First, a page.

in this moment, very unsustainable. must make fiscal reform and energy reform, education reform. but anyway, second. in this moment i don't know whether this will mean that's been in this moment i consider the bailout is not critical for the country. >> why not? >> one, because the condition they can establish after you ask the bailout may be will be the same policies that the government trying to intimate in spain. an advantage in terms of finance countries, of credit, but i believe you have limited -- [inaudible] and this is a price, a medical term, maybe economic terms will be in my view would be my view, more than -- [inaudible]. the second, but the bailout we're talking about bailout not in the greater terms. bailout not depend only of the will of the spanish government. depend on the approval of the rest of the government's. >> particularly germany, right? >> because it is the most important country. but i am convinced the germans reject any totally the possibility spend go ask you don't spank you think germany will veto any bailout for spring? >> absolute. i am convinced of this. so
in a pot of time and energy and talent was spent on this campaign. there is voters across america that took as much as six hours to stand in line to vote. the same house majority leader. so what is that going to mean as it moves forward here in washington? >> i'm going to go back again. as i ended, the fact we have the same majority leader, senate, and i'm very glad we do. harry reid is a great leader. the fact he's still the majority leader doesn't mean there hasn't been a change. there has in fact been a significant change in the makeup of who people are as about their life experience. it's about what they bring to the table. the fact is in the state of new hampshire, for example, we have a woman governor, two women senators, when democrat and one republican and we now have two women democratic numbers of congress. they are in many ways. we also know they shall not pass the first vote and maybe they're going to be a pioneer in this kind of representation. i'm going to go back for a moment, by the way, jennifer. after thinking about this from i realized when i hear maggie hasan talk out wh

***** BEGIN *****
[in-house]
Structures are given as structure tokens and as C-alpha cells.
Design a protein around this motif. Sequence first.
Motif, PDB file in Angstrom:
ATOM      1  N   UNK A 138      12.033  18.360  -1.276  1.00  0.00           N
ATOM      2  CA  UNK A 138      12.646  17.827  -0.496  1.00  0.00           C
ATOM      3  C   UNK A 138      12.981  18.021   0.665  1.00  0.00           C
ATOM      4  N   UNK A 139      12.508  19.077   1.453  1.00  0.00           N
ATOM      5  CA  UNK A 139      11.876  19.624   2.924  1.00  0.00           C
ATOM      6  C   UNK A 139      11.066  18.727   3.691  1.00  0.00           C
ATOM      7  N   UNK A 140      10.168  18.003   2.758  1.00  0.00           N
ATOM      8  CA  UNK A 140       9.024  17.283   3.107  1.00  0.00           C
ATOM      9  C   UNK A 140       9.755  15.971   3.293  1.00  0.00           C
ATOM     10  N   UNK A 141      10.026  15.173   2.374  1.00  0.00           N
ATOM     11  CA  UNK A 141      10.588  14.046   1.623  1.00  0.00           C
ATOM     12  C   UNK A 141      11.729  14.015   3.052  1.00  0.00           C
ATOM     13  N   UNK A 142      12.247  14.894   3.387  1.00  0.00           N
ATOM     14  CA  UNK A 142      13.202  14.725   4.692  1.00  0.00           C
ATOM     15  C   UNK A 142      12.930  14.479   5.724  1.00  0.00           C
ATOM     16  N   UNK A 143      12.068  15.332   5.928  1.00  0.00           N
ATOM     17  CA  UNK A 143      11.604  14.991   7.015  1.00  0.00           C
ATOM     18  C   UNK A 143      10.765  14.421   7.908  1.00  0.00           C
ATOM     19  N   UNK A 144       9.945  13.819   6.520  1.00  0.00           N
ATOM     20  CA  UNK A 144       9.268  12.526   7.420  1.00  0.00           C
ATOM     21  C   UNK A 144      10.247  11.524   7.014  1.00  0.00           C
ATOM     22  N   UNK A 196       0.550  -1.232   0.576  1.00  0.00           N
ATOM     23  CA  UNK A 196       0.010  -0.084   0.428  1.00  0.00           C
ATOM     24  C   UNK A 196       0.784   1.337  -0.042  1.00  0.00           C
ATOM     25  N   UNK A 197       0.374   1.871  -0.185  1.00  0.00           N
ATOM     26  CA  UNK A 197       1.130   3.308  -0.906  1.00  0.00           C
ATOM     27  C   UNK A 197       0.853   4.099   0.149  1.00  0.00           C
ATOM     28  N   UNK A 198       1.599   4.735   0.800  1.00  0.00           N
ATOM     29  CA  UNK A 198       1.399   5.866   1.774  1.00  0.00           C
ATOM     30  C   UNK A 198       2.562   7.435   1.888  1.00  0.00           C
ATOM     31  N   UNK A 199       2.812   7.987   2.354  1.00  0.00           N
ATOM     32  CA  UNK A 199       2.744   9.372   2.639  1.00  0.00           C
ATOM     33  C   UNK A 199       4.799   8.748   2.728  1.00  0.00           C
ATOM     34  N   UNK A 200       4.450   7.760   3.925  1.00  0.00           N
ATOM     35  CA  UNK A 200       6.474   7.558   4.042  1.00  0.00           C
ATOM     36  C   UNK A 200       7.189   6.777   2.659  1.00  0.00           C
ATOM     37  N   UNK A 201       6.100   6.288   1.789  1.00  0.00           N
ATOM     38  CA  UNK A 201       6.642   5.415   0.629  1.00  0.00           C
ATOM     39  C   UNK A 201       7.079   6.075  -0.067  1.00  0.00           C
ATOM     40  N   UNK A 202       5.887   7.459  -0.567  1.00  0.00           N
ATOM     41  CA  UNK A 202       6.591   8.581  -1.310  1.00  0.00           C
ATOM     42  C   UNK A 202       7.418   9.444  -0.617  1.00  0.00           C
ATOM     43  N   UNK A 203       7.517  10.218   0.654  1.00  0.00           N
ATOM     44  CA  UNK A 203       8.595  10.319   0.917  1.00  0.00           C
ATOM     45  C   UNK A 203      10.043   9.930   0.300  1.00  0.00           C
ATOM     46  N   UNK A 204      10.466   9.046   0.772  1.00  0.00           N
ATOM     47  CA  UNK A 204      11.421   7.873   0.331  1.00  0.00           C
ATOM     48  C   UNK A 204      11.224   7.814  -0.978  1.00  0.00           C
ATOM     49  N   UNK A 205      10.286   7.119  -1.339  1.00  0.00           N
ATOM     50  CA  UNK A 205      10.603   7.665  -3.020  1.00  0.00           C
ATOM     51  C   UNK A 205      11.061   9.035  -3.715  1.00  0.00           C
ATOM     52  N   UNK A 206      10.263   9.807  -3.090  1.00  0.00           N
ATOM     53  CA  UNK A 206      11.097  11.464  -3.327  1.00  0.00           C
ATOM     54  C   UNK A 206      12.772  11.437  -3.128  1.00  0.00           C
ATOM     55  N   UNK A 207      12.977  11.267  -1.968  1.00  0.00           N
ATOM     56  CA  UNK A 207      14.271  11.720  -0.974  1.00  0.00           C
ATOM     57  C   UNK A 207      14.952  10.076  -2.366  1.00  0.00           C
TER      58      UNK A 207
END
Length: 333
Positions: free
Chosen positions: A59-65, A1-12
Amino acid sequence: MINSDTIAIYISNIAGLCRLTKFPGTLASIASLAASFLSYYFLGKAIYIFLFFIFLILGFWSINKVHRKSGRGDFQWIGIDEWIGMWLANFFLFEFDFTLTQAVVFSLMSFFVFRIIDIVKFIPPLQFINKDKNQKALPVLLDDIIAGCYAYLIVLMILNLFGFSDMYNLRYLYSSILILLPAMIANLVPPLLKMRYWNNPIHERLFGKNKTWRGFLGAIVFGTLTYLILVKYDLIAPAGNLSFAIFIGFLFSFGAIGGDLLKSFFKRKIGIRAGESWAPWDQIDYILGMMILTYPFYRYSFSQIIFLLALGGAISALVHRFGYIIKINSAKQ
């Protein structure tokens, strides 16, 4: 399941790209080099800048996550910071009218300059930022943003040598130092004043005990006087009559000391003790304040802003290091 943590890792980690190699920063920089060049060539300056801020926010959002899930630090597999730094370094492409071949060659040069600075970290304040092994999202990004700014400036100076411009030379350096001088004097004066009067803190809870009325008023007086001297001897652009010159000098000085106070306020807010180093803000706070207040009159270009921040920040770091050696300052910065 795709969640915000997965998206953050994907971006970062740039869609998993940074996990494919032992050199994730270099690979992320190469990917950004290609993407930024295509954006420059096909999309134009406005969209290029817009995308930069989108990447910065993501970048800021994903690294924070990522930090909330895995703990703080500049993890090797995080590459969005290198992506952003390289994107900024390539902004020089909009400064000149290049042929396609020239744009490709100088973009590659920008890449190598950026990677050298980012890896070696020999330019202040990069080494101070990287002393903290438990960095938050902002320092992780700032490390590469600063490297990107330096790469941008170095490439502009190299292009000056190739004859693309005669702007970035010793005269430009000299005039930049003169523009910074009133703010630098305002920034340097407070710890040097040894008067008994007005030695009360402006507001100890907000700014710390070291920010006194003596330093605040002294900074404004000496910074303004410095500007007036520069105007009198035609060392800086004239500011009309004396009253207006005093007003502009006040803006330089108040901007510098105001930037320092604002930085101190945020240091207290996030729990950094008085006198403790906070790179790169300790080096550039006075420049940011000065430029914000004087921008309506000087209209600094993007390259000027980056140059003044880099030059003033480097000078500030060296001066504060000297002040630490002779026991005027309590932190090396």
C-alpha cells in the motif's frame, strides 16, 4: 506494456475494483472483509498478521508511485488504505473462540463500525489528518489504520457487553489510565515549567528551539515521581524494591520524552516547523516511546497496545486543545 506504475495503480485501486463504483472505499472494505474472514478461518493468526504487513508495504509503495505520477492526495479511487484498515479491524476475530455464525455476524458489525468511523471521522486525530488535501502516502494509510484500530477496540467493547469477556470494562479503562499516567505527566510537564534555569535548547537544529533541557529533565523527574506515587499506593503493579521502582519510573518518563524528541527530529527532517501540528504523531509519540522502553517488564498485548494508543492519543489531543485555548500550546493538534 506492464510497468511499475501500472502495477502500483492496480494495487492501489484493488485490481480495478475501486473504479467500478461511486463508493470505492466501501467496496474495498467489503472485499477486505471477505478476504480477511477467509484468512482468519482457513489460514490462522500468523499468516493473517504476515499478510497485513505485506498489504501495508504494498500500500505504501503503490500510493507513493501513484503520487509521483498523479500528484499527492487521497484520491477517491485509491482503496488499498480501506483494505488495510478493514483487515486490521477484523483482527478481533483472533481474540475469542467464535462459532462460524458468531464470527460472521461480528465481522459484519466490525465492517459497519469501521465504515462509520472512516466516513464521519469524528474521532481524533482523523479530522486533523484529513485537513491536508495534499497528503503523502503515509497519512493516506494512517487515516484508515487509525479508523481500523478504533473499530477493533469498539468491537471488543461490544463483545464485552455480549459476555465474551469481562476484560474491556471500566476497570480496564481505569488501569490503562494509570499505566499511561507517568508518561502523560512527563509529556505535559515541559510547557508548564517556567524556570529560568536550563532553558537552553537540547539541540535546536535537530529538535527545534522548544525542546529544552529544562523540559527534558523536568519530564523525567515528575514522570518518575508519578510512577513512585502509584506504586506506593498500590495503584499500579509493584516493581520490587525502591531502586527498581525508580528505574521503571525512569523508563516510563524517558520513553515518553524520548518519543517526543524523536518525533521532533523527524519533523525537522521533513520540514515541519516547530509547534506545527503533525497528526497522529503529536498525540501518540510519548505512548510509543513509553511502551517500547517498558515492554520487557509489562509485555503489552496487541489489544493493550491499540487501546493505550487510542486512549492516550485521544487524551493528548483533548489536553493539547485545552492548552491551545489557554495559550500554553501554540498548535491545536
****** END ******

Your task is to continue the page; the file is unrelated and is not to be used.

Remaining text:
and the truth is, they are brutal. you look what is happening in the iranian energy area, not only the fact that they're able to sell, you know, less than 50% of what they were selling before. it is that their production, their output is down from over 4 million barrels a day to 2.6 million barrels a day. part of the reason for that is precisely because of the sanctions, the inability to continue to invest in the energy infrastructure, the inability to continue to pump and store oil as they shut down oil fields that may not be so easy for them to recoup. you look what is happening to the currency, the devaluation. there are some estimates that the currency is being devalued by half every two months. think about what that means. it means that what you're buying, when you go and you buy something it costs you twice as much. it means what you have in the bank is worth half as much. if this is continuing to happen, it is bound to have an effect on the society as a whole whole. look at what the supreme leader has been saying over the last couple weeks. on more than one occasion he has explicitly
nonearmarker now is staying put at the appropriations level. fred upton, who's the chairman of the energy and commerce committee where a lot of health care and a lot of energy policy goes through, the committee of jurisdiction there, is going to be staying for another two years. and ways and means, which might see a lot of action with fiscal cliff, with tax reform, any kind of entitlement stuff also goes thruways and means, dave camp, another michigander is not going anywhere either. the judiciary committee which is headed by lamar smith right now, he's term limited, he's going to make a bid for the science committee. and he will find himself in competition with james sensenbrenner who has indicated he is interest inside that job as well. ralph hall, who's the republican -- who's the chairman now is term limited. also the transportation and infrastructure committee which is now headed by john mica, and mica is term limited in that role, and there are a few people who have seniority, but they either have committee assignments or are not looked upon as viable. it looks as though we are pass